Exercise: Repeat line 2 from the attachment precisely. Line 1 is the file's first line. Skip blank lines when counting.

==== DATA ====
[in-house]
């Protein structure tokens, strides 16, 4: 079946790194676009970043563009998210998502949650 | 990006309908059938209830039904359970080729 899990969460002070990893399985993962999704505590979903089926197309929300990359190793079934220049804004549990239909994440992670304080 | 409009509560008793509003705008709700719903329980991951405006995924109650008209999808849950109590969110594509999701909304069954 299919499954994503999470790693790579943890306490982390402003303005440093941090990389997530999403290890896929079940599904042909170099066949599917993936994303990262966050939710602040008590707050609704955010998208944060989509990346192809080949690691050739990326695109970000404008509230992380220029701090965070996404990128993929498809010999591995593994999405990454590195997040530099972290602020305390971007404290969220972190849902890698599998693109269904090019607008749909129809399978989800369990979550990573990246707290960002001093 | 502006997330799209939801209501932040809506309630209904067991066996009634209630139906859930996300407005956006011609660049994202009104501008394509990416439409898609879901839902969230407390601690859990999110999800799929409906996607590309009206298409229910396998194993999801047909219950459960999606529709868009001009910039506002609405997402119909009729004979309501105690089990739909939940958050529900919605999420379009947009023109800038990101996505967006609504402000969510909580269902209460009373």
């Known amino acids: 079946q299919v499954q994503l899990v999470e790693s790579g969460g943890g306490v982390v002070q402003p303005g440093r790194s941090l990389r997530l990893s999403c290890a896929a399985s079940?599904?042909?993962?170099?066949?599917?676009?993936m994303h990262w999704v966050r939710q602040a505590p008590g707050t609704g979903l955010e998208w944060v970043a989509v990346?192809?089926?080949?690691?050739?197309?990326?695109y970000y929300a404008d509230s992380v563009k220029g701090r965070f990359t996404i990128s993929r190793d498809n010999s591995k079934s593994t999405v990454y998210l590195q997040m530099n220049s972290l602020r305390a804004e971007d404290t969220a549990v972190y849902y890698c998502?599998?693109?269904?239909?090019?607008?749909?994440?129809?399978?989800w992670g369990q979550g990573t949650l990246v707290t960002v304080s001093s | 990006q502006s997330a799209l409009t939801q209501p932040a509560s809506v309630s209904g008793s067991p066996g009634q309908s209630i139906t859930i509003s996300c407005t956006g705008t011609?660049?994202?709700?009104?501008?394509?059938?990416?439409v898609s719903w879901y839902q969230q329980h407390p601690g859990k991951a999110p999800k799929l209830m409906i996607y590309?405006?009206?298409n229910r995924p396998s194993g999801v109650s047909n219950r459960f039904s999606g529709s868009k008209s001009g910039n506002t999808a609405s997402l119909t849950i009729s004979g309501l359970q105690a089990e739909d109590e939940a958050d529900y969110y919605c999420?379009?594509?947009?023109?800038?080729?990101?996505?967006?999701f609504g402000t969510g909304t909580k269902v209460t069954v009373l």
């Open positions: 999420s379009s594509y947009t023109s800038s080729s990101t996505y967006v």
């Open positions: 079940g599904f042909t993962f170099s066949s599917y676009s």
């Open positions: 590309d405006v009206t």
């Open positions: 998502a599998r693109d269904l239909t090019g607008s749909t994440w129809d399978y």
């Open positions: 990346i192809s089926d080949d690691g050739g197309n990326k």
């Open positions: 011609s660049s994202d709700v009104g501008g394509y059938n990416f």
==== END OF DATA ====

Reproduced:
């Protein structure tokens, strides 16, 4: 079946790194676009970043563009998210998502949650 | 990006309908059938209830039904359970080729 899990969460002070990893399985993962999704505590979903089926197309929300990359190793079934220049804004549990239909994440992670304080 | 409009509560008793509003705008709700719903329980991951405006995924109650008209999808849950109590969110594509999701909304069954 299919499954994503999470790693790579943890306490982390402003303005440093941090990389997530999403290890896929079940599904042909170099066949599917993936994303990262966050939710602040008590707050609704955010998208944060989509990346192809080949690691050739990326695109970000404008509230992380220029701090965070996404990128993929498809010999591995593994999405990454590195997040530099972290602020305390971007404290969220972190849902890698599998693109269904090019607008749909129809399978989800369990979550990573990246707290960002001093 | 502006997330799209939801209501932040809506309630209904067991066996009634209630139906859930996300407005956006011609660049994202009104501008394509990416439409898609879901839902969230407390601690859990999110999800799929409906996607590309009206298409229910396998194993999801047909219950459960999606529709868009001009910039506002609405997402119909009729004979309501105690089990739909939940958050529900919605999420379009947009023109800038990101996505967006609504402000969510909580269902209460009373």